It can feel like a very long walk down a dimly lit corridor when you are trying to fathom your way out of a long running health condition such as fibromyalgia, as I expect others on the journey could probably relate to. From time to time, if you’re fortunate and diligent enough in pursuit of … Continue reading Ehlers-Danlos, POTS and Asperger’s…many lightbulbs go on at once
Imagine going through life at cross-purposes with most of the people around you...not because you are broken but because you are different to a degree you didn't realise until now. Plunging the challenging world of neurodiverse relationships from personal experience, from some books I can recommend and from the perspective of some fresh new approaches to autism that are (thankfully) starting to appear.
There's nothing to be lost by being wrong (as I am prepared to admit), just as long as you learn from it. Better still, regard it as an opportunity to mix the timely reminder together with new things that you have only just become aware of...which is when you realise there really are no mistakes, only evolutions! So, last time I shared about getting back on my bike and here's how it went afterwards...
The topic of "what do you believe?" is especially important to delve into when you are in recovery from illness and concerned with your ongoing physical and emotional wellbeing or wanting to shift through any stuck areas of your life; so I am sharing a post that I published on Spinning the Light this morning. … Continue reading Working with the power of belief
The propensity to teach ourselves new skills and prefer to do things our own way from the outset is, I suspect, a trait of high-functioning autism. It makes us into mavericks, it sometimes increases what looks like our failure or non-completion rate and it frustrates the hell out of partners when we prefer to construct things "out of the box" without first consulting the instruction leaflet. However, it also makes us movers and shakers when it comes to making paradigm leaps...a much needed skillset at this point in time.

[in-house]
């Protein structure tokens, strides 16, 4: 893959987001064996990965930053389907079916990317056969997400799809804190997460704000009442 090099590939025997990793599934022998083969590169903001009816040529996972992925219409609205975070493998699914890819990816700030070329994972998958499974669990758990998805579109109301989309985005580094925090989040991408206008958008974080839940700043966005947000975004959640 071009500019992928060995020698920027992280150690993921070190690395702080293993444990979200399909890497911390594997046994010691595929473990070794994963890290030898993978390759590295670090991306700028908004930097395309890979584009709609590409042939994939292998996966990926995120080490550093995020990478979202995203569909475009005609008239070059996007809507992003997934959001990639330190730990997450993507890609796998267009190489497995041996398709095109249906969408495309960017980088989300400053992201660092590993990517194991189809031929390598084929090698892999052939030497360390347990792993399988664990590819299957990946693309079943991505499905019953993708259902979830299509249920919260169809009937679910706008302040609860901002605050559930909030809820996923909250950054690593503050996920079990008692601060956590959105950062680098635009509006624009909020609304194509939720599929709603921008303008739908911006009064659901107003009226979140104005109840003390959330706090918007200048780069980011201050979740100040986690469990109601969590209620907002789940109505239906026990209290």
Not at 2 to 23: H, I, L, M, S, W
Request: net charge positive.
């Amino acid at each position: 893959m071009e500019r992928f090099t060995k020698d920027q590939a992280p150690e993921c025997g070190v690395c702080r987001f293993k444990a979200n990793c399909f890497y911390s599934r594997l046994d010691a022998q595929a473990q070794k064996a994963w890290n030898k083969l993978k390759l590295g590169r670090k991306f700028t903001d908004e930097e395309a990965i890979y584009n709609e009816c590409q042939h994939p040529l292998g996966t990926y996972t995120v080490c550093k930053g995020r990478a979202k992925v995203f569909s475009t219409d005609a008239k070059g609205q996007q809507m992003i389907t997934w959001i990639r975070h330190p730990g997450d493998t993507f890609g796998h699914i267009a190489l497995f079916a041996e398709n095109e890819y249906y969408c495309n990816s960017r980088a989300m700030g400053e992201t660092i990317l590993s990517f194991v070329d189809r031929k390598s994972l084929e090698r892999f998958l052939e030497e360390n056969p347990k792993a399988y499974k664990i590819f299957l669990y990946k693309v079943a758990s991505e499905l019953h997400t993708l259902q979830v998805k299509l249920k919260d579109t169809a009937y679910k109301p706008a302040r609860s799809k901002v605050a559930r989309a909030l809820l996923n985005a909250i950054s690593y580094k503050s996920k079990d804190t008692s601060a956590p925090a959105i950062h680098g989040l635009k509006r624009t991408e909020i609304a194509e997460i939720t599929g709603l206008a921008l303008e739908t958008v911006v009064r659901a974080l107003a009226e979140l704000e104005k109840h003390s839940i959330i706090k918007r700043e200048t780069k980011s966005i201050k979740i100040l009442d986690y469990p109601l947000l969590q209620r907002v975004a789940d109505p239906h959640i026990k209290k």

This is an add-on to an earlier post since I just came across “the intense world” theory proposed by of Henry Markram, director of the Brain Mind Center at the Swiss Federal Institute of Technologym, which seems highly relevant to it. In that previous post, entitled High-sensitivity, synesthesia...and hearing tones, seeing lights or other anomalous experiences, … Continue reading Too much (not too little) going on
Many years of chronic, complex "mystery" illness have a habit of predisposing a person to developing a "spiritual" perspective, setting them off on a journey of consciousness expansion and tireless philosophical exploration. I've come to appreciate how this has such a lot to do with all the disbelief thrown at us for experiences that are, to us, far more real, insistent and unrelenting than anything we have ever known before and yet others will doubt us, over and over again, due to a lack of conventional diagnosis criteria and an inability to frame our circumstances as easily or neatly as with some other health conditions. There is simply no explaining away much of what we experience, using such a typical framework, so here lies the growth-potential since we become the leading point of a whole new way of having to think about things. Here's an off-the-cuff list of some of the powerful gifts of having this experience.